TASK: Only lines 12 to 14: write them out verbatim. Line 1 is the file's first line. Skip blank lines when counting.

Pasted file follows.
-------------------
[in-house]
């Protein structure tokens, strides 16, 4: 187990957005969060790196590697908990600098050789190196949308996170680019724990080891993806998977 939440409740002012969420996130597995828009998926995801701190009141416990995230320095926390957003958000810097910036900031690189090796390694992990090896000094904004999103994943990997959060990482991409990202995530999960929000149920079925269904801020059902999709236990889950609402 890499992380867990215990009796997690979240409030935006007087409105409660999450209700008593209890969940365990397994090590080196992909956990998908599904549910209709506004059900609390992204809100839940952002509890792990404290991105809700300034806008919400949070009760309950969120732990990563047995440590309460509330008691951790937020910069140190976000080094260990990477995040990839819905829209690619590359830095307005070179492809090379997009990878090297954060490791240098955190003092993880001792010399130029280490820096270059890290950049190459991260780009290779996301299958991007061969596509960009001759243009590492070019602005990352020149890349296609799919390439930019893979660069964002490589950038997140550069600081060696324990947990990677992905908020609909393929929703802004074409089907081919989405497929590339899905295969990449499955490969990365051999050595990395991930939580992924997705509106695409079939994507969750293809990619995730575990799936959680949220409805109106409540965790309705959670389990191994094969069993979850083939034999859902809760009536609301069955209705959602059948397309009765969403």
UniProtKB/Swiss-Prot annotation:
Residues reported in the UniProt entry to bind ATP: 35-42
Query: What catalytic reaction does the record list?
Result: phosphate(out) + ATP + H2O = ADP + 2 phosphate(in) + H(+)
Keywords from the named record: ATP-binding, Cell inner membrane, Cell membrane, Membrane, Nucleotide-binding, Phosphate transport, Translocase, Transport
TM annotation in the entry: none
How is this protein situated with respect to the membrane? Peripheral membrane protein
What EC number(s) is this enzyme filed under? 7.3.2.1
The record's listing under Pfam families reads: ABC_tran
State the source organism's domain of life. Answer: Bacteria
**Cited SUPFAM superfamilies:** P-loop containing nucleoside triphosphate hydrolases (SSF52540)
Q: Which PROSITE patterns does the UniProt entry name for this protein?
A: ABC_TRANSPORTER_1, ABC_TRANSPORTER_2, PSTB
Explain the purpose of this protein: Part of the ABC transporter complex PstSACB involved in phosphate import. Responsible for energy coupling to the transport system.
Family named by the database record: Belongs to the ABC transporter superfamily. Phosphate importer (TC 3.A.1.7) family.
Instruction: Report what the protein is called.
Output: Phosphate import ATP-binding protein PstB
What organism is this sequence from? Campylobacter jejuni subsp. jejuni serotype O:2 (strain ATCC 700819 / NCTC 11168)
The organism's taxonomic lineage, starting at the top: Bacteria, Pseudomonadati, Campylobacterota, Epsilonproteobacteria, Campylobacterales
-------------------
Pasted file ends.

State the source organism's domain of life. Answer: Bacteria
**Cited SUPFAM superfamilies:** P-loop containing nucleoside triphosphate hydrolases (SSF52540)
Q: Which PROSITE patterns does the UniProt entry name for this protein?